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The challenge of creating an updated world of one such as “The Dark Crystal” is a specific challenge. The balance reflects in two aspects: can the puppetry be held up in such a way that it doesn’t take away from the original but also does it take into play the world building and mythology that Jim Henson created so many years ago. Granted nothing can be quite like what was done in 1982 considering the restrictions. But what Louis Letterier and the Jim Henson Workshop have done with “The Dark Crystal: Age Of Resistance” is quite effective in living up to the original while also taking it much darker which was always underlying beneath the surface in the initial film. Leterrier seemed an odd choice initially after Genndy Tartakovsky, known for “Samurai Jack” and the initial “Clone Wars” shorts left the project seemingly over creative differences. What might be said is that there might have been a structure that Henson had initially left which painted the backstory. It is hard to say.

Nevertheless, the story told over 10 episodes takes into fact many eventual outcomes seen in the movie. But it also reflects an immigration story in reverse that is very prevalent to our times while also being universal and older. Watching this iteration, especially in the plight of The Gelfings, the parallel to Native Americans both in the look and mysticism of the characters becomes much more defined especially with Deet, an exceptionally connected Gelfing from underground. Another clan from what is called The Crystal Desert plays into this myth as well. The key aspect in this series that it shows Thra as bigger than what was imagined (or likely planned). The eventual genocide of the Gelfing as indicated in the movie is a great underlying theme even as battles are fought. Rian, as played by Taron Egerton of “Kingman” and “Rocketman” fame, anchors the cast as the would be hero.

However the grand balance relates in the Skeksis, both in the voices and the abject cruelty that begins to seep in. The most intrinsic simply because he is the most dynamic in terms of chess moves is The Chamberlain, as voiced by Simon Pegg. He is almost the Judas in a way who belies his own loyalty for a texture of power. Pegg gets enough of the voice without overplaying say, the whimpering. The General as always is his adversary for power as voiced by Benedict Wong. The overarching Emperor is voiced by Jason Isaacs and Mark Hamill plays The Scientist. The driving force of essence at a certain point becomes all encompassing. This could be a balance to the progressive nature of the current opiod crisis or simply reflect back the essence of the opium trade in the 1800s. Point being that the story works on many different levels.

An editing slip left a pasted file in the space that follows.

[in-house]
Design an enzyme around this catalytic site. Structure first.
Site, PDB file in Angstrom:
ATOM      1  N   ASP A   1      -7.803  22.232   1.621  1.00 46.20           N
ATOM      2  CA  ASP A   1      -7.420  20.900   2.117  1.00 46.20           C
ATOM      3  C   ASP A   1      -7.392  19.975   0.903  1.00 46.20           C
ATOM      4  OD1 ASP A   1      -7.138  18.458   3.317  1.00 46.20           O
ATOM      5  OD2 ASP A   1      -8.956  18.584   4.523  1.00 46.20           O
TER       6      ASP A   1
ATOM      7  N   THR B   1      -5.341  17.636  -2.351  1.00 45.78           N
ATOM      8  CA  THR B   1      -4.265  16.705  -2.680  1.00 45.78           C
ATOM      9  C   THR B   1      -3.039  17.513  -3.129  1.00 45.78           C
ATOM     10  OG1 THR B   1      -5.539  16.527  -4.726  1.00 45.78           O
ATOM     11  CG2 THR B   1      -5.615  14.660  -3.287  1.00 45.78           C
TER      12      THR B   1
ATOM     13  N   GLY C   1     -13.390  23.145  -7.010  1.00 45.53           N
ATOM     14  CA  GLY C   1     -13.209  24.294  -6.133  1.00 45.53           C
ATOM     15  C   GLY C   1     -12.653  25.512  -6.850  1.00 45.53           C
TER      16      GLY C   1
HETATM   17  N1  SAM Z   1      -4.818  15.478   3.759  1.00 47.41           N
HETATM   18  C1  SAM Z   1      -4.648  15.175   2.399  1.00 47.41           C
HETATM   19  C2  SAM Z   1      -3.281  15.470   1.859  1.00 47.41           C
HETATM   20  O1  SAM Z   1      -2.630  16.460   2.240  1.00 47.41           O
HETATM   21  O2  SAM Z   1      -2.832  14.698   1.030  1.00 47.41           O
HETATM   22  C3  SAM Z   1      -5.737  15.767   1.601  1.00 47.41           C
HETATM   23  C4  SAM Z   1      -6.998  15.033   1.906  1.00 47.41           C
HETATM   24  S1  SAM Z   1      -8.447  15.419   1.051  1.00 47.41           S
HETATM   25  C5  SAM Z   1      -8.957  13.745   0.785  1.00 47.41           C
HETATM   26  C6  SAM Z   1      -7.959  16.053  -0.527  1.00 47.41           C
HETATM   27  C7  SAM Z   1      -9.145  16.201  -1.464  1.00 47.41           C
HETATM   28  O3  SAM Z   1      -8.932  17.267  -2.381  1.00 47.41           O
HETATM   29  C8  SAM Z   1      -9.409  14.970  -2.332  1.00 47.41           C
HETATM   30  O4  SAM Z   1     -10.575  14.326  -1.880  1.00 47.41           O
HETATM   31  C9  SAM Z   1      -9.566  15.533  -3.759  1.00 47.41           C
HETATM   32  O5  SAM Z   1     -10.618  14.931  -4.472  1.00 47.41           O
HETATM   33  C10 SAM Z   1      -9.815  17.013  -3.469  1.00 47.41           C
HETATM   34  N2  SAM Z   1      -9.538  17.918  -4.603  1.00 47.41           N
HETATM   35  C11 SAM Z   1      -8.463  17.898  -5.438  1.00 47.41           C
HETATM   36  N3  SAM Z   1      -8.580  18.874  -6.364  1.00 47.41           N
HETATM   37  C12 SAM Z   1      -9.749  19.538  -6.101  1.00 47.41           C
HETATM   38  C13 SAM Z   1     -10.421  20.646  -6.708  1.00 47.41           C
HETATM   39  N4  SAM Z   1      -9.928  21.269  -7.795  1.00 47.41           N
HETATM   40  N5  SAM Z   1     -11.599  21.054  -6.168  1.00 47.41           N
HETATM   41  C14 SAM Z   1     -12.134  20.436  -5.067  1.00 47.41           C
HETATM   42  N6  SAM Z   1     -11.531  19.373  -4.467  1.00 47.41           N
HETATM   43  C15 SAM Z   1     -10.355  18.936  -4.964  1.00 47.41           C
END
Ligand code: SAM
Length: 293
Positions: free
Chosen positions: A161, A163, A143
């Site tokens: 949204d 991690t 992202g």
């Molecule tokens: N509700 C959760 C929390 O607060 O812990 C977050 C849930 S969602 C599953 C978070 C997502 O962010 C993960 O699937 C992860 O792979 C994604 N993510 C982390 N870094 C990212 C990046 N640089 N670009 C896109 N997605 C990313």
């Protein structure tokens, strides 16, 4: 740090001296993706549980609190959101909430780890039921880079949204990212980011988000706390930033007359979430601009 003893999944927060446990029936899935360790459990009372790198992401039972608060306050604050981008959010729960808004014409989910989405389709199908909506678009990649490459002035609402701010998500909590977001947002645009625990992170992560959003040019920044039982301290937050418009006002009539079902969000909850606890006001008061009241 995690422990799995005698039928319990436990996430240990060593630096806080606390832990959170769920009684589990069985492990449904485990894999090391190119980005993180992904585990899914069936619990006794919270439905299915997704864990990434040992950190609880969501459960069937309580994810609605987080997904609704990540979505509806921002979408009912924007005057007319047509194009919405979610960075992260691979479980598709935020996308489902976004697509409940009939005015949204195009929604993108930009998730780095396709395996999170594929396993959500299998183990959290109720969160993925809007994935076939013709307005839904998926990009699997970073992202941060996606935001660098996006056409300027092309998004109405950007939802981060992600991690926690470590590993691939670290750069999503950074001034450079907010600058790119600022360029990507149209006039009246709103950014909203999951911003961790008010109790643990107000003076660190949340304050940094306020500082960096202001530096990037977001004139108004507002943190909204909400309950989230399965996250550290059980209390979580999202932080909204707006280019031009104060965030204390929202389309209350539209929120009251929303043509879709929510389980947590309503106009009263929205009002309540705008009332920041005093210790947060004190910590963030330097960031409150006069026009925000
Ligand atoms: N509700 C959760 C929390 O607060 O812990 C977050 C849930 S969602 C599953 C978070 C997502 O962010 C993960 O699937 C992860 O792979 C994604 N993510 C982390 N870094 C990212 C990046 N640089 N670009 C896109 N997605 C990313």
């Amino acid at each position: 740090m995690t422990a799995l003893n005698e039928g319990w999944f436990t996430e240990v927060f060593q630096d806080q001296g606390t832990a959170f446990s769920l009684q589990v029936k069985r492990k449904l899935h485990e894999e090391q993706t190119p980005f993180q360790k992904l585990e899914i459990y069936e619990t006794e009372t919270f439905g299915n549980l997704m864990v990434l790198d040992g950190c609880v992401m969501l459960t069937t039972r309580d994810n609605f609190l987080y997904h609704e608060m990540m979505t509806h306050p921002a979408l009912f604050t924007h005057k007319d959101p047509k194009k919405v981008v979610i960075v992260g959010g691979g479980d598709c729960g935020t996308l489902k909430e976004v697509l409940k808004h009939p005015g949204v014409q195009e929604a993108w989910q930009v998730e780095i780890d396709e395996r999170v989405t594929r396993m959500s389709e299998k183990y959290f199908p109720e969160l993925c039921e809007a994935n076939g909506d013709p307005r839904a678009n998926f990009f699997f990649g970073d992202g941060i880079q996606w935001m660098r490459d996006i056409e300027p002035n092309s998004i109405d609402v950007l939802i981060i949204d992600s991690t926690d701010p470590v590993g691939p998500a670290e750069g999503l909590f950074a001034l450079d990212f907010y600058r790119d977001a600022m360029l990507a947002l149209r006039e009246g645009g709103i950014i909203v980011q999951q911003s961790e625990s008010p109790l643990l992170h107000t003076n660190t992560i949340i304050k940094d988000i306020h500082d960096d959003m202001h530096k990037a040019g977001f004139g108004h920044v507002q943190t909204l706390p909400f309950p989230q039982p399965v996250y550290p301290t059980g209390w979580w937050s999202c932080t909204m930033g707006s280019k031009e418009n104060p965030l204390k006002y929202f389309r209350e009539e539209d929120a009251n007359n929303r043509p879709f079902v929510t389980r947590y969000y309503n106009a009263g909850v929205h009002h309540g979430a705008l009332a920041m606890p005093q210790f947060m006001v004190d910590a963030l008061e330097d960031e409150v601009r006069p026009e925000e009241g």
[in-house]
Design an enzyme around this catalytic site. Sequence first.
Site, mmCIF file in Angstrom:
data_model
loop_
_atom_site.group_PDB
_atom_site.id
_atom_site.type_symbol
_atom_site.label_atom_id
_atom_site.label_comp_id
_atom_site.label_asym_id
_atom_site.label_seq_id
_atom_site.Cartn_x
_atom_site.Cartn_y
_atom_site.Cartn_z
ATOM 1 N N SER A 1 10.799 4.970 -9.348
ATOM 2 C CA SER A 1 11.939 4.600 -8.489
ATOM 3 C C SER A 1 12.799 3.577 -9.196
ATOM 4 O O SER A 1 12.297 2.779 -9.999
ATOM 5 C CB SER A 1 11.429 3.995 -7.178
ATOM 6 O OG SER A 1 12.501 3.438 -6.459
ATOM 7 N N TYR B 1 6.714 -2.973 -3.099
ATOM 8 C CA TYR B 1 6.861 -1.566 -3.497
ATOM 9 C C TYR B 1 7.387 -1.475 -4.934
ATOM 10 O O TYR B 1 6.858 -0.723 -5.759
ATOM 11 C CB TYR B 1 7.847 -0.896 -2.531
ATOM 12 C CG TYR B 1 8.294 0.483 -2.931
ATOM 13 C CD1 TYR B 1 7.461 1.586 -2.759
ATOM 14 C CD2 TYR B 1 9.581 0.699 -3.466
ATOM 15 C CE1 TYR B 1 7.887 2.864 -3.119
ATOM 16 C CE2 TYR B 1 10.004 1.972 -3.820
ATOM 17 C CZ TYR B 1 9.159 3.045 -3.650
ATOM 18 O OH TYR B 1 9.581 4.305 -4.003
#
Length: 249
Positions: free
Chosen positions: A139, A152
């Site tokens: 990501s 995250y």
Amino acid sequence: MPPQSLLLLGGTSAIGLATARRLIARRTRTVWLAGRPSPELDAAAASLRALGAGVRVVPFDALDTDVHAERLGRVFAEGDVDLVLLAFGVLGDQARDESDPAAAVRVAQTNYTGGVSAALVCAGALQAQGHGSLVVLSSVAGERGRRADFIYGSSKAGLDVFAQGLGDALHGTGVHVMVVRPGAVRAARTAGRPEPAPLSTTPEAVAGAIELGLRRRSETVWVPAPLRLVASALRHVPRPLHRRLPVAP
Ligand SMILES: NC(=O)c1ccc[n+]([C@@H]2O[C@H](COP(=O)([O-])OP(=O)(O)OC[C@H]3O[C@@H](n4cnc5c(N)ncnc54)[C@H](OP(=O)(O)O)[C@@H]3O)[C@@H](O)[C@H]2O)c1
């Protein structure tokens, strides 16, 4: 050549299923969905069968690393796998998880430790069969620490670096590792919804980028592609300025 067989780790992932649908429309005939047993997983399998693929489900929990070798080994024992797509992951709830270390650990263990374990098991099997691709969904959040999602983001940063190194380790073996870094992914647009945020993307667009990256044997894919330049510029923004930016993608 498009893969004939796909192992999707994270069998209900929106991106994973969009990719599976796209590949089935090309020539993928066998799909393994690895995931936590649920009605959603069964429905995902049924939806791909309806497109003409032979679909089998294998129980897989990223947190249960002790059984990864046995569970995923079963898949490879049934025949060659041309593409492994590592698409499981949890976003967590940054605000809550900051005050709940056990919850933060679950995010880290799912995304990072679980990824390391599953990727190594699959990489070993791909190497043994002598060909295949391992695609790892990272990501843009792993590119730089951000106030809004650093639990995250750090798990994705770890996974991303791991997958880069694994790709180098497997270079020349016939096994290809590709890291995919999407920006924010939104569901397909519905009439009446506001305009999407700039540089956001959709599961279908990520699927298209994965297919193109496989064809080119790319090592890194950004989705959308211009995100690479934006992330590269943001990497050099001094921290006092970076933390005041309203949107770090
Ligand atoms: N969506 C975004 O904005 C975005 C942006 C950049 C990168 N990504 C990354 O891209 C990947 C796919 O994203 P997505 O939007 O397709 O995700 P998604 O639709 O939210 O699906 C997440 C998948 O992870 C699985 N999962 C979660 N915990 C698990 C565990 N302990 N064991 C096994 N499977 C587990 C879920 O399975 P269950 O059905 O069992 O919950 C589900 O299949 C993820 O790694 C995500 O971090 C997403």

Augra is the unifying and yet destructuring force. It is she who is blame but also she who is ultimately a deliverer. It is almost as if she is the ID within everyone. The larger reasoning of who the Skeksis are and why the Mystics function as they do is hinted at but left for later deduction. The politics though especially within the clans of the Gelfling are really what propel the story but it is the ideas influenced through Augra that anchor it. While the aspects of transcendence and new age thinking still play into the actions of the characters, the introduction of The Archer and more specifically The Hunter as well as two other characters co-existing with each other at the end of the world create a different dynamic and add even more to the proceedings.

Ultimately though the elements of the betrayal of trust by the Lords Of Crystal and their ultimate greed is what defines the path. Technically, the show does what is needed to do. Practical effects and puppetry are used heavily with only slight digital enhancements while landscape and certain creature elements that just would not have been possible before without CGI add that degree of scope without forgetting the true nature of Thra. “The Dark Crystal: Age Of Resistance” is an apt, entertaining and visionary extension of Jim Henson’s universe. Seeing the possibility of it coming back in this way, which would not have happened in the current TV and filmmaking climate without Netflix, shows the importance of certain Ips being given a chance to reach a new generation while still reflecting the old.


By Tim Wassberg

The Dark Crystal – Blu Ray Review